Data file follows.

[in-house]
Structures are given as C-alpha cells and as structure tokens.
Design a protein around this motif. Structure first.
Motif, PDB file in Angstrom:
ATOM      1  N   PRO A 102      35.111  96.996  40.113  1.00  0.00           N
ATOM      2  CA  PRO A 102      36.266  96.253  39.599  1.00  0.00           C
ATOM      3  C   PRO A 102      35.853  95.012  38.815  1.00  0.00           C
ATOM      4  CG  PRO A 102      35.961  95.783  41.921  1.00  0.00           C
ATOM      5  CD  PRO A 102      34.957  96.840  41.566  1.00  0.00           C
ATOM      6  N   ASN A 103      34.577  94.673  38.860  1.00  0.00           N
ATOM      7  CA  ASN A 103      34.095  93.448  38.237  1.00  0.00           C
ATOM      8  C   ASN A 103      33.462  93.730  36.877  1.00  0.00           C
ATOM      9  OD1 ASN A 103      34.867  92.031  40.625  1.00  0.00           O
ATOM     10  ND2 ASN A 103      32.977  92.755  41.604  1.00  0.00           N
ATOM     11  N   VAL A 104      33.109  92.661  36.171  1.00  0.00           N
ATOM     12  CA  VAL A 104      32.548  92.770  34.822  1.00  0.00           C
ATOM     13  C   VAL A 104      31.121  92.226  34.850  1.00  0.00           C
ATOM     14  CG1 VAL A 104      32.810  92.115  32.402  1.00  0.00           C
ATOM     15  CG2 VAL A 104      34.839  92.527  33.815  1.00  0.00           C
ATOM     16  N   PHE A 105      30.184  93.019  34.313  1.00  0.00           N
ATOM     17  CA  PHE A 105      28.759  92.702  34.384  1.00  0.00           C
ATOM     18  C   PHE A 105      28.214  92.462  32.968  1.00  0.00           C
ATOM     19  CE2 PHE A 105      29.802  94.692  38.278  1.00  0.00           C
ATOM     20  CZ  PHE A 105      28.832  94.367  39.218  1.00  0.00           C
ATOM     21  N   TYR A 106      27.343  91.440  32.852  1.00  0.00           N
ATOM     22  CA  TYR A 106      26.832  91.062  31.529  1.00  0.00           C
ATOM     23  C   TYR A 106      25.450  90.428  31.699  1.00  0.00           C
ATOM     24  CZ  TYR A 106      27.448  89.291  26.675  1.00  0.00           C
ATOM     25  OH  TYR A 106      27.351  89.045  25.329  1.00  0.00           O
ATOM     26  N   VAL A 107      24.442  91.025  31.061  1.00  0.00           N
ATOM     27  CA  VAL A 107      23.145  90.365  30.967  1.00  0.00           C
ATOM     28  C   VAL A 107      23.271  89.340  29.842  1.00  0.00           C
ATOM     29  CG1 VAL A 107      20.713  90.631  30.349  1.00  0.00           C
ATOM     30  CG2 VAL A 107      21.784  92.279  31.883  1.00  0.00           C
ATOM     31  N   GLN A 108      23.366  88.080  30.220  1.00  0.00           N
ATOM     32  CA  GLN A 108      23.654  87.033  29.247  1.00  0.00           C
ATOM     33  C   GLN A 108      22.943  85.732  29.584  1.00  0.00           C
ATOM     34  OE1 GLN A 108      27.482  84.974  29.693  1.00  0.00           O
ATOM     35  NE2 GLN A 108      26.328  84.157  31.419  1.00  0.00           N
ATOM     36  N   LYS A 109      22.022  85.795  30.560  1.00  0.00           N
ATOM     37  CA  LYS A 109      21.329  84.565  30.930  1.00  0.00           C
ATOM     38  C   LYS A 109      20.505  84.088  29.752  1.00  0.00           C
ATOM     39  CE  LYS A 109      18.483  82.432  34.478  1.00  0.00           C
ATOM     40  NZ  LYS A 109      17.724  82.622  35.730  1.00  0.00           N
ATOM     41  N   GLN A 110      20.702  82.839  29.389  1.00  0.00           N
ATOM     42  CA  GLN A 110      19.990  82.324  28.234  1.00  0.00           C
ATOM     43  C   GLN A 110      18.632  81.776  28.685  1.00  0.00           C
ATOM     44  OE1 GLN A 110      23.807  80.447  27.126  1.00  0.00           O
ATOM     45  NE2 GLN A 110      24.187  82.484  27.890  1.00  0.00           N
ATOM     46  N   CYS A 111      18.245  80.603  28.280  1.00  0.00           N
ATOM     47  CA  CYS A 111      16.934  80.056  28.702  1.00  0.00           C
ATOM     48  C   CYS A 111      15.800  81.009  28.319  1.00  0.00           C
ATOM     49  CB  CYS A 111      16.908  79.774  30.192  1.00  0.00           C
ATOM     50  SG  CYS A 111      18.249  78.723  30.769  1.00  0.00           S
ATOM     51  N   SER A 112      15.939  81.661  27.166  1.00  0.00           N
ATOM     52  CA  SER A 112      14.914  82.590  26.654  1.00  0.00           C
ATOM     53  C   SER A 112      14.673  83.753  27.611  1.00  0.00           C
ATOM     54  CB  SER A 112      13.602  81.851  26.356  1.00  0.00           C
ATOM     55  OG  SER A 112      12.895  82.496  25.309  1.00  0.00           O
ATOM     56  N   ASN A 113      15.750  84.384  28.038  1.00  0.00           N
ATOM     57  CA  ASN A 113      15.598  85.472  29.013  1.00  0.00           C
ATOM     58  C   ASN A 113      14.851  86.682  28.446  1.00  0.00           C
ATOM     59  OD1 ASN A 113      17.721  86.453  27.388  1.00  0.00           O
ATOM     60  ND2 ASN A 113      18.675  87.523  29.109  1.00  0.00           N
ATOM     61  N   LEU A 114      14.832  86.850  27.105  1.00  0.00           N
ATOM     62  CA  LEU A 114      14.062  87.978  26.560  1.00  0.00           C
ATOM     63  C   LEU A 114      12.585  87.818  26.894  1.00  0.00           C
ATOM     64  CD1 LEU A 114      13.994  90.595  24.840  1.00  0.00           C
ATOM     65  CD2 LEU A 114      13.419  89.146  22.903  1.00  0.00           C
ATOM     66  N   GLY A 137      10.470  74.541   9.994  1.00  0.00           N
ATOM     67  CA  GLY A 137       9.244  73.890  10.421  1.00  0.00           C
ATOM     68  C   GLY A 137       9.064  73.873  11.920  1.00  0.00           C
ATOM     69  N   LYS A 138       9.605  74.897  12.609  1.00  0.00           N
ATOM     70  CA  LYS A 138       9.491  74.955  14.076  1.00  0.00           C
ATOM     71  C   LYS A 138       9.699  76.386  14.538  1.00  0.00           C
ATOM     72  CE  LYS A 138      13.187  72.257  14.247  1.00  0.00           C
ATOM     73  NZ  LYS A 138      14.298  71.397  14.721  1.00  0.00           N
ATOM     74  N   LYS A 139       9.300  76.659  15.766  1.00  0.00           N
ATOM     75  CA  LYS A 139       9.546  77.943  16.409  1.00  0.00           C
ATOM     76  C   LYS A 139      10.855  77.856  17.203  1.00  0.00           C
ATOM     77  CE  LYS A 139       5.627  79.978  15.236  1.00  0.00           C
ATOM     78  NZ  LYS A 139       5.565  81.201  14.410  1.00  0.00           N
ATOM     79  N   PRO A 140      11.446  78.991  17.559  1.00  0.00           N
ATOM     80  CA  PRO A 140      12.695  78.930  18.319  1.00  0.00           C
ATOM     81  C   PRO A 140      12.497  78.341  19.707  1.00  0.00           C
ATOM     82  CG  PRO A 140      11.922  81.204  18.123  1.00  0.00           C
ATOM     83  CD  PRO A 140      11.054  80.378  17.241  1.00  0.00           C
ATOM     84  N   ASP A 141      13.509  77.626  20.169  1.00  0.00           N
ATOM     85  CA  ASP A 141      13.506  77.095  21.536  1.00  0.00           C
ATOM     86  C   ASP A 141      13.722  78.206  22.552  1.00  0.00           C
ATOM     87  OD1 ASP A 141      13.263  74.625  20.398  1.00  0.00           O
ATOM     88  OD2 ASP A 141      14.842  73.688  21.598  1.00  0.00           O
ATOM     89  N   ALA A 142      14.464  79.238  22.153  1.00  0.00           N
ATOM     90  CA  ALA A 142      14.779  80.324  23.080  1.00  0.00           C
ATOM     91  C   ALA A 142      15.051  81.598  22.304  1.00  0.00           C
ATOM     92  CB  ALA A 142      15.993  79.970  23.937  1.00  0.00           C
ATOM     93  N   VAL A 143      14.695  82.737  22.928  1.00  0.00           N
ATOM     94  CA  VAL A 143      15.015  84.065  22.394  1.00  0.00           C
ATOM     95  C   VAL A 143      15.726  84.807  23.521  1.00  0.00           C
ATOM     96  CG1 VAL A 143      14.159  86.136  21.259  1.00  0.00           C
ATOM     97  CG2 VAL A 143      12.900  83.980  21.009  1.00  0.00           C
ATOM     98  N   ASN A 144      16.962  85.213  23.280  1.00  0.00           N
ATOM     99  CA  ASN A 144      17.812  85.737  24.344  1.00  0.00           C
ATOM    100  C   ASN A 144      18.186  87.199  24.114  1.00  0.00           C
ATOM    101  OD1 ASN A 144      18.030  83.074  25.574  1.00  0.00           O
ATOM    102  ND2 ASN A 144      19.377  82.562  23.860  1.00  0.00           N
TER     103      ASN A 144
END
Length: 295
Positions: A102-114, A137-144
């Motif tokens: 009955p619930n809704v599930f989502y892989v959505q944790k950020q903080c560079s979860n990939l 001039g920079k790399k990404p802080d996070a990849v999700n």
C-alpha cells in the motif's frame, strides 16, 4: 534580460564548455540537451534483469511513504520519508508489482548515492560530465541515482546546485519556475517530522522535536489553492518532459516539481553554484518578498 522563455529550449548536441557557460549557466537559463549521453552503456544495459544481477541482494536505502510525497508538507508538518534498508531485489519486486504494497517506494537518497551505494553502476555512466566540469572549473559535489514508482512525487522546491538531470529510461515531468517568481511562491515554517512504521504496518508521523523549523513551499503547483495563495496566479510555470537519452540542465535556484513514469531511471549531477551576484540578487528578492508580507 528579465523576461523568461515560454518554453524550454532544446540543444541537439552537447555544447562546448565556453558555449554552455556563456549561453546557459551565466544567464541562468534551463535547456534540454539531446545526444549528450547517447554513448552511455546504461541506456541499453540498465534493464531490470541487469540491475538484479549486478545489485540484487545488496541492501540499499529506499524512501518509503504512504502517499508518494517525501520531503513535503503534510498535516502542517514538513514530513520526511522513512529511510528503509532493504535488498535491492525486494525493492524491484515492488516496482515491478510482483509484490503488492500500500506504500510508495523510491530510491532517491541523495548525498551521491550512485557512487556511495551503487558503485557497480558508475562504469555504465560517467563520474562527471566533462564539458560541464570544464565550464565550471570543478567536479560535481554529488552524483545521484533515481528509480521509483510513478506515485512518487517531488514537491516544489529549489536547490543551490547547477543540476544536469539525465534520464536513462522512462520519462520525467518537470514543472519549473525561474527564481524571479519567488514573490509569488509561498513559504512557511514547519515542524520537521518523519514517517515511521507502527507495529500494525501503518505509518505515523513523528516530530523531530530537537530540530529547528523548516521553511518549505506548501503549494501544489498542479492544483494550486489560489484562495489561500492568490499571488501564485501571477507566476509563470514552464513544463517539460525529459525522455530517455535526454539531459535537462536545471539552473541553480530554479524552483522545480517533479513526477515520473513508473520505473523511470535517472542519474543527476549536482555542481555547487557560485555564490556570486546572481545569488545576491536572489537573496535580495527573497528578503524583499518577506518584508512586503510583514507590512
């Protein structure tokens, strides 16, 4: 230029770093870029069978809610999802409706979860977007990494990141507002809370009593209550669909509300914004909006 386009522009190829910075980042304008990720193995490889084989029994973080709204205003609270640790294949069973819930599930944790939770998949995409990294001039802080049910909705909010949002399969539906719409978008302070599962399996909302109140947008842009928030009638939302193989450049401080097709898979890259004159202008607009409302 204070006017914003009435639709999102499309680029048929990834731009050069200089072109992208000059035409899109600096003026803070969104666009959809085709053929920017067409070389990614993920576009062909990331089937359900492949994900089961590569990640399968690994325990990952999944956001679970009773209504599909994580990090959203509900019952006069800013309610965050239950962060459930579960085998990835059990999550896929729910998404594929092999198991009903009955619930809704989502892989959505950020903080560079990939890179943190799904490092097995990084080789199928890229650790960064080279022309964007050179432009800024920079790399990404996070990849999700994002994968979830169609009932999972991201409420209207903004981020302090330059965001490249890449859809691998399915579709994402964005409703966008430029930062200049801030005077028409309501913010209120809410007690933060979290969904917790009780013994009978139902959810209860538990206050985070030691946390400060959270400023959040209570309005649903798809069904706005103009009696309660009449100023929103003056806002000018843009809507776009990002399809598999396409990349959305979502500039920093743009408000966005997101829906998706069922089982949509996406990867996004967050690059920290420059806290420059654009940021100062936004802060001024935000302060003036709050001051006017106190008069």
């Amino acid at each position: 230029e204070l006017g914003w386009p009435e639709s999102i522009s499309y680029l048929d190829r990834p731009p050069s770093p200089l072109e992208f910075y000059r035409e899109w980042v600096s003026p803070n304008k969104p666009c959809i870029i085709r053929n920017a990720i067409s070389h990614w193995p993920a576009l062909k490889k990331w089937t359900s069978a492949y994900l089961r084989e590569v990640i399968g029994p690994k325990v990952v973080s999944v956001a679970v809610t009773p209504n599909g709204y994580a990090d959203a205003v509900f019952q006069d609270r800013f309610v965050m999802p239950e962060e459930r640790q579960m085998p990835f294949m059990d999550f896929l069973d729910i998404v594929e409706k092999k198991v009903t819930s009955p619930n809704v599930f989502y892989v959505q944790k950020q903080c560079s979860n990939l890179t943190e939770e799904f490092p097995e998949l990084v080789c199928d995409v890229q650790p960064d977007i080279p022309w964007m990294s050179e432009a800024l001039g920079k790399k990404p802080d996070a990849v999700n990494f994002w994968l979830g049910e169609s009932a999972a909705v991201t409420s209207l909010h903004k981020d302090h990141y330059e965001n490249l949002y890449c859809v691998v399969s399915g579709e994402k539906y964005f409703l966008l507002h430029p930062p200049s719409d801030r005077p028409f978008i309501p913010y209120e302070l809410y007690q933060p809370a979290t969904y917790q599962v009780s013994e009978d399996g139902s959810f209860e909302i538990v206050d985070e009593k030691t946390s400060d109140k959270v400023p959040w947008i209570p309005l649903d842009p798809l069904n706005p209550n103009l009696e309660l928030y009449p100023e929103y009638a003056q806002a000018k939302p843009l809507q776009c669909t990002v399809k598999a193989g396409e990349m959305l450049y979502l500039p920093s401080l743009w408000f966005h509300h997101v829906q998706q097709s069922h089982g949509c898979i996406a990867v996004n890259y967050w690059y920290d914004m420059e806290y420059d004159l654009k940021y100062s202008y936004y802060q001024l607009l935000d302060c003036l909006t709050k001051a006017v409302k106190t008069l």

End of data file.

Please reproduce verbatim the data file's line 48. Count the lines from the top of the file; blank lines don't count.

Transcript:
ATOM     44  OE1 GLN A 110      23.807  80.447  27.126  1.00  0.00           O